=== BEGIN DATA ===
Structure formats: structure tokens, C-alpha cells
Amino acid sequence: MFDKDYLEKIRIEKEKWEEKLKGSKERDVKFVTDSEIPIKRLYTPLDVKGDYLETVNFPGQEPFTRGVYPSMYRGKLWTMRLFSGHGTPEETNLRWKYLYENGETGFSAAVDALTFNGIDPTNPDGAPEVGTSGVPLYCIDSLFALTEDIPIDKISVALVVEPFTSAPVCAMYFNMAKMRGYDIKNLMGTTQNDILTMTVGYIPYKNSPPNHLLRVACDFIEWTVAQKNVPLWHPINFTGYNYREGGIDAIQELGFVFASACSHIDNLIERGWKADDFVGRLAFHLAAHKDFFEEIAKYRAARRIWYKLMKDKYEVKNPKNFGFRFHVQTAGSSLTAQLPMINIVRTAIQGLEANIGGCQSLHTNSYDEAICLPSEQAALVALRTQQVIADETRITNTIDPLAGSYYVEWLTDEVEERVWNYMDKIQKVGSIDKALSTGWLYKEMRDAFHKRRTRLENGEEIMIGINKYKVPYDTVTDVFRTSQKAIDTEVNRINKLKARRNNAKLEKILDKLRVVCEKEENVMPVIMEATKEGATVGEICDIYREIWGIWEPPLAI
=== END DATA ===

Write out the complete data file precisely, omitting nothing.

Structure formats: structure tokens, C-alpha cells
Amino acid sequence: MFDKDYLEKIRIEKEKWEEKLKGSKERDVKFVTDSEIPIKRLYTPLDVKGDYLETVNFPGQEPFTRGVYPSMYRGKLWTMRLFSGHGTPEETNLRWKYLYENGETGFSAAVDALTFNGIDPTNPDGAPEVGTSGVPLYCIDSLFALTEDIPIDKISVALVVEPFTSAPVCAMYFNMAKMRGYDIKNLMGTTQNDILTMTVGYIPYKNSPPNHLLRVACDFIEWTVAQKNVPLWHPINFTGYNYREGGIDAIQELGFVFASACSHIDNLIERGWKADDFVGRLAFHLAAHKDFFEEIAKYRAARRIWYKLMKDKYEVKNPKNFGFRFHVQTAGSSLTAQLPMINIVRTAIQGLEANIGGCQSLHTNSYDEAICLPSEQAALVALRTQQVIADETRITNTIDPLAGSYYVEWLTDEVEERVWNYMDKIQKVGSIDKALSTGWLYKEMRDAFHKRRTRLENGEEIMIGINKYKVPYDTVTDVFRTSQKAIDTEVNRINKLKARRNNAKLEKILDKLRVVCEKEENVMPVIMEATKEGATVGEICDIYREIWGIWEPPLAI